Lessons from climbing I'm applying in life - failure

As you may know, I'm very much into rock climbing. If you didn't know that, well, I guess I haven't bothered you enough with it, yet. I was first introduced to climbing almost ten years ago, and it is the sport, alongside occasional running streaks, that I kept practicing on, and on, and on. Almost daily.

When I think of the things that kept me attached to rock climbing for so many years, performance certainly isn't one of them. What kept me going back to it are the lessons I have learned during my process of climbing, lessons I learned while climbing, sitting in nature, chilling with friends, walking towards a climbing route... Lessons I try to apply in life, almost like training for climbing - daily.

The first of the many lessons I learned is that of failure.

All we do in climbing is fail, amongst many other things. We do it daily - not being able to hang from some edge while training, or not being able to climb the specific route or do specific moves. Possibilities for failing here are endless! And often with the interesting results - if you fall from a route, you experience a direct rush of adrenaline that comes with that failure. Some say that climbing is about 99% of failing. What impacts the other 1% is how we deal with that 99%.

What keeps people going through these failures? This I don't know, I guess it is different for each one of us. I'm amazed by all those world-class climbers trying unbelievable climbing routes and failing, continuously, just to succeed one time. And not just world-class climbers - I'm amazed by every one of us who persists (spoiler alert!).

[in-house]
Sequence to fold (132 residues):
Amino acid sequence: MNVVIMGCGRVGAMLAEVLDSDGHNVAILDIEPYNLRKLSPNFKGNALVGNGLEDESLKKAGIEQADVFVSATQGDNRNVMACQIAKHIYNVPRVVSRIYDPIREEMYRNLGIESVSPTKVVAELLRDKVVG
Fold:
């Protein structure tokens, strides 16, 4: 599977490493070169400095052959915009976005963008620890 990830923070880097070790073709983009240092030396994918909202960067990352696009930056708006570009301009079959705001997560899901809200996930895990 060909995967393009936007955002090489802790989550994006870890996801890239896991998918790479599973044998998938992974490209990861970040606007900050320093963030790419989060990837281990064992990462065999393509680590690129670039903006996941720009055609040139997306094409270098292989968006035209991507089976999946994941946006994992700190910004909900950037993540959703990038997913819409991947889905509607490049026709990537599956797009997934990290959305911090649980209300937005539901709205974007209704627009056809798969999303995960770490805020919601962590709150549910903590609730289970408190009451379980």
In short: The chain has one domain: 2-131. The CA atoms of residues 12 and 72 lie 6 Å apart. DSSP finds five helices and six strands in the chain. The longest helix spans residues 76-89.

What keeps me through all these failures?

Well, at first, it was the frustration - how can somebody do it and I can't?! This kept me for a while, in the beginning, at least. I was trying the routes, doing the training, because somebody else did it.

Then came the acceptance - the failure is a normal, even expected, part! So I failed, constantly, and every day. The thing that started happening with each failure was that I started learning something from it. Either my foot was too high, or I squeezed my hands too much, my balance was off, and so on. That helped me see every failure to do something, not just failure in climbing, as a learning opportunity. That kept me centered and prevented me from feeling down after a failure.

I learned to see failure as a building block for improvement.

P.S. Good climbing performance is still to come! 🤞